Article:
The problem is the political reality. Ian’s suggestion for a look at new political systems is very valid and timely. May I also say that one vote one value in the upper house in NSW caused this problem, before that there were checks and balances built into the system. As one vote one value is seemingly immovable then the only direction in which to head is separating out areas of interest into political sectors. Under the federal constitution that cant be done through strengthening local government, only through states.
Posted by Chuck, Wednesday, 25 May 2005 6:58:16 PM
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This really strikes a cord with my thinking.

I have seen the same thing ocurr in west aust, both regulations and talk back shows just recently.

How often do we hear an “expert” making comment about farmer’s management of the land that’s usually negative?

His word is often taken as gospel, yet he has no land management experience to base his comments on.

The people making these comments are more often than not, the beneficiary of a system that guarantees their income.

How is a land manager (farmer) supposed to manage the land as the “expert” says it should, with an income based on world market rate that is now roughly 10% of what it was 30 years ago?

Land care comes at a cost.
The income for land care is removed from the land careers as extremely high non world market costs.
This is as a result of govt regulations.

Maybe this site has the ideas going in the right direction?

Were 2000 people at parkes wrong?
Drought just intensifies the poor terms of trade.
Posted by dunart, Thursday, 26 May 2005 1:30:55 AM
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I understand the sentiment behind getting rid of states altogether but the Australian Constitution only recognises states, not local government. So any reform to replace states would need a successful referendum with majority of people and states. These never succeed without bi-partisan support which is highly unlikely from existing urban Premiers. They have an effective veto over that option and will use it ruthlessly. All constitutions have provision for forming new states. We just need our own community to recognise that the purpose of a state is not to produce bigger and worse urban conurbations. A successful state does not need to be dominated by a metropolis as the bulk of a state budget now comes from reimbused GST funds.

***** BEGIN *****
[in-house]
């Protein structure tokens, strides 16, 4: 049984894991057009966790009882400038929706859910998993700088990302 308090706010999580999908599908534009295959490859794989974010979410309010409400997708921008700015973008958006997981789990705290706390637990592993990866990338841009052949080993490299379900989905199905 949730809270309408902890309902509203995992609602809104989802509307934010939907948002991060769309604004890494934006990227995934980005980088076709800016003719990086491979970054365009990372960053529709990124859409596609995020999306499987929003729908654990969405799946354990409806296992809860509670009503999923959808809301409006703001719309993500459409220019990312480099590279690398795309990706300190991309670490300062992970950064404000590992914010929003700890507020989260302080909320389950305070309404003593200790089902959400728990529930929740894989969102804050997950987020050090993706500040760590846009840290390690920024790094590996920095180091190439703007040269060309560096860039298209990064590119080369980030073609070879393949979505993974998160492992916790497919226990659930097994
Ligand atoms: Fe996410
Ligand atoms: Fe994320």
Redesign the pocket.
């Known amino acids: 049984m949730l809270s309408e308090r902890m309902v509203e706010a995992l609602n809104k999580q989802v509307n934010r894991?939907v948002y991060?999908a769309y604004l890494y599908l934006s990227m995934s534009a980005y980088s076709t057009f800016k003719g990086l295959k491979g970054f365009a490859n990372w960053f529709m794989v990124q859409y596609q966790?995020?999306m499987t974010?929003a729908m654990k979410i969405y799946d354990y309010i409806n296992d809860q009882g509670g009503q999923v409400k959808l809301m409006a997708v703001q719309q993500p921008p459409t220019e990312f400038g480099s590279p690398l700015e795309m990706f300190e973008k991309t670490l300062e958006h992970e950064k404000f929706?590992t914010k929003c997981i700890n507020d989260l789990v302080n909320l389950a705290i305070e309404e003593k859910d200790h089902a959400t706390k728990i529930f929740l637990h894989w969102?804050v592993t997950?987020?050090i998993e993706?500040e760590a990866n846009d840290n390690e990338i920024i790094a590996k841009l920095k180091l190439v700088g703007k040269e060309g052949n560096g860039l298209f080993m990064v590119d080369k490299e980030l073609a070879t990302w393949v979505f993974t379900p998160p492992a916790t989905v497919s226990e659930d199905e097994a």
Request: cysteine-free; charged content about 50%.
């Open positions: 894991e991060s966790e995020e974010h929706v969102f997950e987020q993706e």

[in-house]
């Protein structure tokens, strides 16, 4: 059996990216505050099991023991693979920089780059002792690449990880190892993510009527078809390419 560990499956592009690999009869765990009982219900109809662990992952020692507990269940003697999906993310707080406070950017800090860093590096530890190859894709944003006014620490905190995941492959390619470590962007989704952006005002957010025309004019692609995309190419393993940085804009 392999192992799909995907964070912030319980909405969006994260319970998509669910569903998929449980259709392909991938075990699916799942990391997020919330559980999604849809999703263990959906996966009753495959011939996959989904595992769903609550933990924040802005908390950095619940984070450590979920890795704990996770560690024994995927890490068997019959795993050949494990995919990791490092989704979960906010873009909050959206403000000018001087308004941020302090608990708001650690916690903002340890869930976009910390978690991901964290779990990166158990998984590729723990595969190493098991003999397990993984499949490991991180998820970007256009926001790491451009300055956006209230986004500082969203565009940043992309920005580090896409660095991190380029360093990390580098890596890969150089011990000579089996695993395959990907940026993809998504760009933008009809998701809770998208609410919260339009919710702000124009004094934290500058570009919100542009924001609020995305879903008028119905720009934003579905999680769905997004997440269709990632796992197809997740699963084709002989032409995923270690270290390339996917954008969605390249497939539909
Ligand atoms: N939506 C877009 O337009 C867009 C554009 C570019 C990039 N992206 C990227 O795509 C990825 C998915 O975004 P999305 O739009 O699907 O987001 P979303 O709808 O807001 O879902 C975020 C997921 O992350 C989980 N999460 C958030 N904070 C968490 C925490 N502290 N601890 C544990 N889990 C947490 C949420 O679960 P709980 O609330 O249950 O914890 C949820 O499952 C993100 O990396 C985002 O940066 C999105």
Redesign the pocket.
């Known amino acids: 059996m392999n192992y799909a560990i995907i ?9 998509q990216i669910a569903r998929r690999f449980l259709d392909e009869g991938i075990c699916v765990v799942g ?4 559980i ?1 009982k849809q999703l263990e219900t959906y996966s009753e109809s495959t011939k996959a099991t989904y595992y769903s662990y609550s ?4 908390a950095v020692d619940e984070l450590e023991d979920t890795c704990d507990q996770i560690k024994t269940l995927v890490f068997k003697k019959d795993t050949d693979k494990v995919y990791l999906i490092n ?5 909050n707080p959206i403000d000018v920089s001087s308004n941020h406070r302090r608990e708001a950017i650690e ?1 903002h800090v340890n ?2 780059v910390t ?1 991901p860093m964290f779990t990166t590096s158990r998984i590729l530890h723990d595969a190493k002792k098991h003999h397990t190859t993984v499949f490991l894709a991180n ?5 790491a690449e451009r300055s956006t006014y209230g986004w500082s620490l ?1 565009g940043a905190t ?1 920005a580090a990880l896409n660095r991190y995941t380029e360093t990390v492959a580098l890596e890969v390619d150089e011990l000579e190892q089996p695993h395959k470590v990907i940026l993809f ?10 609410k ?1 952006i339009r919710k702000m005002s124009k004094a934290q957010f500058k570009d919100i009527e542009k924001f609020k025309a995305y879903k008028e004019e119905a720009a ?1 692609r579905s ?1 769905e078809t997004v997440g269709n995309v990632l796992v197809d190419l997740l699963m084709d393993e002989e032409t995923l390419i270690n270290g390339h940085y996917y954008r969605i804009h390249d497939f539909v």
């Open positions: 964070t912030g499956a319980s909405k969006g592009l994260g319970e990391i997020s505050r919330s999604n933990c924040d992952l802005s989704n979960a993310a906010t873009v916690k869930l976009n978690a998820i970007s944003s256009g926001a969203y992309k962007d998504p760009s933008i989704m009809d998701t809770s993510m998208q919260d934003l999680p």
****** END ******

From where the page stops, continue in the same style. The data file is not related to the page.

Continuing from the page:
Local governments must play a key role in any reform. If it is OK to declare shires nuclear free then it is also OK for them to conduct plebicites on whether to form a new state. And obviously, any provincial cities that do not want to participate can please themselves. If they are out of the process then they cannot sabotage reform.
Posted by Perseus, Thursday, 26 May 2005 10:49:56 AM
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Excellent article Ian. I have been involved in our Constitutional land ownership and rights for the past year. There are over 200 of us in 4 states, including lawyers. The overall picture of environmental warming being used by our gov't to restrict and ultimately stop farm practices is very clear from our research. Growing trees is becoming our only viable & non-punitive form of farming, which is in fact our most dangerous as the relevant tree-harvesting company must be attached to our title deeds as a co-owner of the property.
Ultimately, these restrictions are removing our Constitutional land ownership rights without "Just Terms" compensation. We retain ownership in name of our land, but have no rights on it.
Pin us all to this type of farming means country growth stagnates. After all, no work to do means no workers. Growing trees for an income allows gov't to share in the profit from the carbon credits. Then gov't can concentrate on the cities which is what they prefer to do anyway.
We're making it real easy for them by not knowing and standing on our rights. Our constitution was not set in place to allow gov'ts to run the show, but to support its citizens in a just application of their rights to democratic freedom.
If we all approached every new regulation with a written, registered statement to the relevant gov't body, they may think twice before imposing on us.
That statement - "I will obey this law/pay this account (etc) under duress and reserve the right to take appropriate legal action in the Federal courts to recover my money/my rights/any losses of value that I have incurred, in the event that this law/account is deemed to be illegal at a later date."
Aim your letter at the person who signs off on the regulation/account and watch how few of these things would be imposed on us if there was accountability.
Posted by SuziQ, Monday, 16 October 2006 12:57:30 PM